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For the SHO, our teacher told us to scale $$p\rightarrow \sqrt{m\omega\hbar} ~p$$ $$x\rightarrow \sqrt{\frac{\hbar}{m\omega}}~x$$ And then define the following $$K_1=\frac 14 (p^2-q^2)$$ $$K_2=\frac 14 (pq+qp)$$ $$J_3=\frac{H}{2\hbar\omega}=\frac 14(p^2+q^2)$$ The first part is to show that $$Q \equiv -K_1^2-K_2^2+J_3^2$$ IS a number. My approach: $$16Q=J_3^2-K_1^2-K_2^2=(p^2+q^2)^2-(p^2-q^2)^2-(pq+qp)^2$$ $$=p^4+q^4+p^2q^2+q^2p^2-(p^4+q^4-p^2q^2-q^2p^2)-((pq)^2+(qp)^2+pqqp+qpqp)$$ $$=2p^2q^2+2q^2p^2-pqpq-qpqp-pqqp-qppq$$ At least point, I am unsure of how to simplify any further. A lot of these look like the form of anticommutators, which does not seem to provide any useful information in turning Q into a number. Any help would be appreciated!

EDIT::

This is how far I have gotten.
enter image description here

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  • $\begingroup$ As a terminological note (because I remember being confused by this), what is meant by "Q is a number" is that "Q is a number multiplied by the identity operator." $\endgroup$ Feb 11, 2014 at 2:00
  • $\begingroup$ You should post questions, not topics... This is a question and answer website, not a forum. $\endgroup$
    – Girardi
    Feb 11, 2014 at 15:59
  • $\begingroup$ Hint to the notes (v3): If you start from $p^2q^2$ (and its other orderings), and reduce via the CCR, you can only get terms $p^2q^2$, $i\hbar pq$, and $\hbar^2$ (and their other orderings). Putting $\hbar=1$, one could potentially get a term $(pq)^2$, but never get a term $i(pq)^2$ like you have in your notes. $\endgroup$
    – Qmechanic
    Feb 12, 2014 at 16:26
  • $\begingroup$ I redid it noticing that I accidentally carried that i(pq)^2 incorrectly. I still end up with an operator term that isnt a c number $\endgroup$ Feb 12, 2014 at 17:52
  • $\begingroup$ Okay. I think I solved it out. Did you happen to do it out as well and find that this results in -1? $\endgroup$ Feb 12, 2014 at 22:03

1 Answer 1

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Hint: $pq$-order$^1$ your last expression $$2(p^2q^2+q^2p^2)-(pq+qp)^2.$$ $pq$-ordering means commuting all $p$'s to the left and all the $q$'s to the right by using$^2$ the CCR formula $qp = pq +i\hbar{\bf 1}$, possibly repeatedly. (There are shorter ways, but $pq$-ordering is at least a systematic approach.) What remains will be a $c$-number. In fact, the result is $-3\hbar^2{\bf 1}$.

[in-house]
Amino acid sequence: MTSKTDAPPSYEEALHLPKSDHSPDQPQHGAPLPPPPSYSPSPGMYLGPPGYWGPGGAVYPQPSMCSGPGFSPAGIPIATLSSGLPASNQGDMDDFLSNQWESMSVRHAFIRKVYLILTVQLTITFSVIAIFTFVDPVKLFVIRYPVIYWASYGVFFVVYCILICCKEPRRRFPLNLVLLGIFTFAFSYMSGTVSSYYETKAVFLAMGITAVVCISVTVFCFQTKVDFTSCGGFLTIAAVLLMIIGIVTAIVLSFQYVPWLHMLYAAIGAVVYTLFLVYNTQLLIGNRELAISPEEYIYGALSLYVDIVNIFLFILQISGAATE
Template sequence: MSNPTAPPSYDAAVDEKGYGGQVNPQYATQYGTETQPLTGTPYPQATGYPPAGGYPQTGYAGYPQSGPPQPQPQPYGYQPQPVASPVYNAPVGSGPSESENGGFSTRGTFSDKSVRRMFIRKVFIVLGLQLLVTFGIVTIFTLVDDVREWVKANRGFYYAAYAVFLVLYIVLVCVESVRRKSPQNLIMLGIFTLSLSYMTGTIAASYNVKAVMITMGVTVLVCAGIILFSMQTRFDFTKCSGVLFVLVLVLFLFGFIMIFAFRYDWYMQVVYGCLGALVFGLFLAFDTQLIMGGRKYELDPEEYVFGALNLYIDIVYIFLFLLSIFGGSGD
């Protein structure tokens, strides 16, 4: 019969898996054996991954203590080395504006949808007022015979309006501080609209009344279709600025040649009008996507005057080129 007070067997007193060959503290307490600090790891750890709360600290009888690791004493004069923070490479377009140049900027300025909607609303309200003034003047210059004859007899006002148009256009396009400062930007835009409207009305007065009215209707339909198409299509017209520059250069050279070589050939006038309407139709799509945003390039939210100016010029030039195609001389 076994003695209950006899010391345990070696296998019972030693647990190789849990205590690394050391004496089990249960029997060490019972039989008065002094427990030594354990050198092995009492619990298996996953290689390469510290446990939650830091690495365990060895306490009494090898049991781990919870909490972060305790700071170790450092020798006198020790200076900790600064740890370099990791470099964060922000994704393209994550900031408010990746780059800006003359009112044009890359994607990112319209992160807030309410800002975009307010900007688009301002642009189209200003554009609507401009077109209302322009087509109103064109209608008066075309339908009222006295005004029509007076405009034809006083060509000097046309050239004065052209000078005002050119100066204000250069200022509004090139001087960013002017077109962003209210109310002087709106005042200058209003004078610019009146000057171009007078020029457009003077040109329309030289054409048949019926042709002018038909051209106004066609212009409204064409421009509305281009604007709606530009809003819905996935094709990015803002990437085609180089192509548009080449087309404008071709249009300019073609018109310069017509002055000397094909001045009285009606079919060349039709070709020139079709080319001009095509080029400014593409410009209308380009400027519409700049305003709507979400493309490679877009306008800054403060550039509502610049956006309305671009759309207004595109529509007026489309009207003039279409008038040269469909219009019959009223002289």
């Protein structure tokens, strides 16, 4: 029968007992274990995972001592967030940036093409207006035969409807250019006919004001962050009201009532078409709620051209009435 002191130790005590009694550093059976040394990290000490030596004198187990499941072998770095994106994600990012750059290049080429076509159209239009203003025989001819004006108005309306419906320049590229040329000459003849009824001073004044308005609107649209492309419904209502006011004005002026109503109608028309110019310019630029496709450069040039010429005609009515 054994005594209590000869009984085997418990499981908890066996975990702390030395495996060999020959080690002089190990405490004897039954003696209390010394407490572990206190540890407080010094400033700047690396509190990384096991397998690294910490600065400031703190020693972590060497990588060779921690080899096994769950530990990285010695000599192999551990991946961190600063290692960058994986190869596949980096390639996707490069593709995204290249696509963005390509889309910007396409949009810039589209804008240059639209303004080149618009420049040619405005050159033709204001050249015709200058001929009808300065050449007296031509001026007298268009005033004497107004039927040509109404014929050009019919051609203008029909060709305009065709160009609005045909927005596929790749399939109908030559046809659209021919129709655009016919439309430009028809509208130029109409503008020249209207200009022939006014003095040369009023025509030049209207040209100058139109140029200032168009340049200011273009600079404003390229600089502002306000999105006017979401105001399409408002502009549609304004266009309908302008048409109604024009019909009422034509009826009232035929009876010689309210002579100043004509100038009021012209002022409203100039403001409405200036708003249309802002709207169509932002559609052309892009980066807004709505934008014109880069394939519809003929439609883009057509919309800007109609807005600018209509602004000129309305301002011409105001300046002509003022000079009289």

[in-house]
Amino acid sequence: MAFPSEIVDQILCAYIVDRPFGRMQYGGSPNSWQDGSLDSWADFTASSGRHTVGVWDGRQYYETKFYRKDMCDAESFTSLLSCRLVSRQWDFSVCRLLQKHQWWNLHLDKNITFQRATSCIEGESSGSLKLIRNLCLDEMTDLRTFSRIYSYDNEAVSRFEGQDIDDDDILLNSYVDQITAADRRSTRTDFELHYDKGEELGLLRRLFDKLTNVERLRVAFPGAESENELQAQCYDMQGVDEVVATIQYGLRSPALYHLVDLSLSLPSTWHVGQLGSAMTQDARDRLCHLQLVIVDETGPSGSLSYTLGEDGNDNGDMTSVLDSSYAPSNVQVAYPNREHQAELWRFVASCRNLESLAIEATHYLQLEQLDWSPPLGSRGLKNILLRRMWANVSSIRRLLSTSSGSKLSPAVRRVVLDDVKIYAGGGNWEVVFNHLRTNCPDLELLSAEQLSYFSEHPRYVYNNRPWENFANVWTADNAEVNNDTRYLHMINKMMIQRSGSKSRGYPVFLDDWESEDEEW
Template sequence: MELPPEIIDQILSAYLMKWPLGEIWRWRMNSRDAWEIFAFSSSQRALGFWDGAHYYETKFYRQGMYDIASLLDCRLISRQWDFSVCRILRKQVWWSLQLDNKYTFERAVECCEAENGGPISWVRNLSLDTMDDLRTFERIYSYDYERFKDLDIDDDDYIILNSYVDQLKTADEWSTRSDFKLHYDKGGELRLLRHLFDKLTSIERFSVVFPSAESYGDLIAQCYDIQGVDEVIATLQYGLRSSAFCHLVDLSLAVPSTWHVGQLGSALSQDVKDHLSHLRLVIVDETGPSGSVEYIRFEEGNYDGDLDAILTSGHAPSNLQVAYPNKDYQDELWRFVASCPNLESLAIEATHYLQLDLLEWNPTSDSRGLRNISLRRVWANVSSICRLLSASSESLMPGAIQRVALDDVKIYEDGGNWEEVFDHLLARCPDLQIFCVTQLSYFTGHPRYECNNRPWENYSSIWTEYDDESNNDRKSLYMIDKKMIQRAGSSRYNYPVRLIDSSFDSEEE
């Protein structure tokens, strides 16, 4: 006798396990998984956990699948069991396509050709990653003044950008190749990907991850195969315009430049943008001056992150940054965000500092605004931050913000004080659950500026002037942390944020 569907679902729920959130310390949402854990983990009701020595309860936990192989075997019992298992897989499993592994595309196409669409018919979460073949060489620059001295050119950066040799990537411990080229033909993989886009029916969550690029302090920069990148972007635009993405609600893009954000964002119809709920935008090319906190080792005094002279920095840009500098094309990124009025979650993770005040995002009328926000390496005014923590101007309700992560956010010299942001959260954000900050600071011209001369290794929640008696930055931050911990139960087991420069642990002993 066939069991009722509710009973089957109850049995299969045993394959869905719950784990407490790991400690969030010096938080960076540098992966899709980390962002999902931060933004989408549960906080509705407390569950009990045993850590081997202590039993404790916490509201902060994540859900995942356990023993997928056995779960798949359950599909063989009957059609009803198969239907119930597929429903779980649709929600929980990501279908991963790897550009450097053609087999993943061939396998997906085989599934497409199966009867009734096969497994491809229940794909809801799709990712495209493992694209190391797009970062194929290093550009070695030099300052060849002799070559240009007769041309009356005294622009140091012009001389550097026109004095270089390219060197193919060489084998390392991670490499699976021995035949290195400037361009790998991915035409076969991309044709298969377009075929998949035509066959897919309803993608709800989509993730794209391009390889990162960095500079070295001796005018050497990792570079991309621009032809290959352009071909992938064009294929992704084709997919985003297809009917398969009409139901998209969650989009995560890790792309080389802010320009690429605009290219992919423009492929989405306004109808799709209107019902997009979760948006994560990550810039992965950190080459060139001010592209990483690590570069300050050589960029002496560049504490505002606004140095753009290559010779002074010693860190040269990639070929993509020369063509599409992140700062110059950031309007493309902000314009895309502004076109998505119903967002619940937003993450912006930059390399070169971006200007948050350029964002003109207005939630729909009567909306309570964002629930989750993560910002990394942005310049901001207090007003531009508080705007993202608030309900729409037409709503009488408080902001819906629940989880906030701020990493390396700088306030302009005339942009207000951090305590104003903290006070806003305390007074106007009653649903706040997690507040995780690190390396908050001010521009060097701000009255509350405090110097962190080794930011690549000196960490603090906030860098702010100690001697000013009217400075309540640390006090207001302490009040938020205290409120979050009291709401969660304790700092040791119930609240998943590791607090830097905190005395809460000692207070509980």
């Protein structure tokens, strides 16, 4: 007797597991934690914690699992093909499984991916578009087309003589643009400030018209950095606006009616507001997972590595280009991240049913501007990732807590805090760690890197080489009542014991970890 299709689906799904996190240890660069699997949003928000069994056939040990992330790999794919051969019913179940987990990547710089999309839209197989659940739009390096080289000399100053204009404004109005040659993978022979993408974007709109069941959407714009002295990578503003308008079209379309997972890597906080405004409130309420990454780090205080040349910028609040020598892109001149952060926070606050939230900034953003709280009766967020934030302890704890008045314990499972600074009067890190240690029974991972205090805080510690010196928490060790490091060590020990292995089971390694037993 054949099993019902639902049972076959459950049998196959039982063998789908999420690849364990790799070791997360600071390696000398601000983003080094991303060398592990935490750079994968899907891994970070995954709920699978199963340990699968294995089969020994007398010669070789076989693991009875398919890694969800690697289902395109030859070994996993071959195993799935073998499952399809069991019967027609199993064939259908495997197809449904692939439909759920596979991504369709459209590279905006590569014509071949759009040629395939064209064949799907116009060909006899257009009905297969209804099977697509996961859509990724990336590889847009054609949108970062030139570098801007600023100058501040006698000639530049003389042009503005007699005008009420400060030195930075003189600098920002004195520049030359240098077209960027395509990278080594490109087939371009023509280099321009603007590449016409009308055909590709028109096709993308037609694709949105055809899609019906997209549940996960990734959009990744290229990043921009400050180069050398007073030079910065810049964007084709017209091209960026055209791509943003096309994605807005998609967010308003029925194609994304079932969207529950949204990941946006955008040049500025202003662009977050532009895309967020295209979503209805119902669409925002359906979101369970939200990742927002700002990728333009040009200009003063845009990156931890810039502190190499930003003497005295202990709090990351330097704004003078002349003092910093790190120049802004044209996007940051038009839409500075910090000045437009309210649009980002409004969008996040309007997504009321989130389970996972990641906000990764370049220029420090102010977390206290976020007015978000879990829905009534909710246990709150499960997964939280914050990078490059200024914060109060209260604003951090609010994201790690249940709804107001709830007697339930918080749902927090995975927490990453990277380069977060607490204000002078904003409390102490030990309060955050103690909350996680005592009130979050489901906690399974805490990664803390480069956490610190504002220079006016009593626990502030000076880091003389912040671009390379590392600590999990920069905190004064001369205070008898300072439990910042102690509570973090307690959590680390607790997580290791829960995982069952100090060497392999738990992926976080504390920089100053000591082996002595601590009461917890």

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$^1$ Or alternatively, $qp$-order your last expression.

$^2$ Here is an example of the $pq$-ordering procedure: $ qp^n = p^nq +i\hbar n p^{n-1}$.

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  • $\begingroup$ Not completely sure what you mean $\endgroup$ Feb 10, 2014 at 22:52
  • $\begingroup$ For example, $qp = pq+[q,p]$? $\endgroup$ Feb 10, 2014 at 22:54
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    $\begingroup$ Yes, that is an example of commuting a $p$ to the left. Everytime time you see a product $qp$ in your last formula, substitute in the right hand side of that equation for $qp$. $\endgroup$ Feb 10, 2014 at 22:55
  • $\begingroup$ So what about a case of qpqp, would that go to (pq+[q,p])(pq+[q,p]) $\endgroup$ Feb 10, 2014 at 23:03
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    $\begingroup$ Yes, and then you will have 1 c-number, two two-operator terms with all $p$'s on the left and $q$'s on the right, but then you will have a four operator term which is not $pq$ ordered. You will need to make your substition again to move the last $p$ through the $q$. $\endgroup$ Feb 10, 2014 at 23:09

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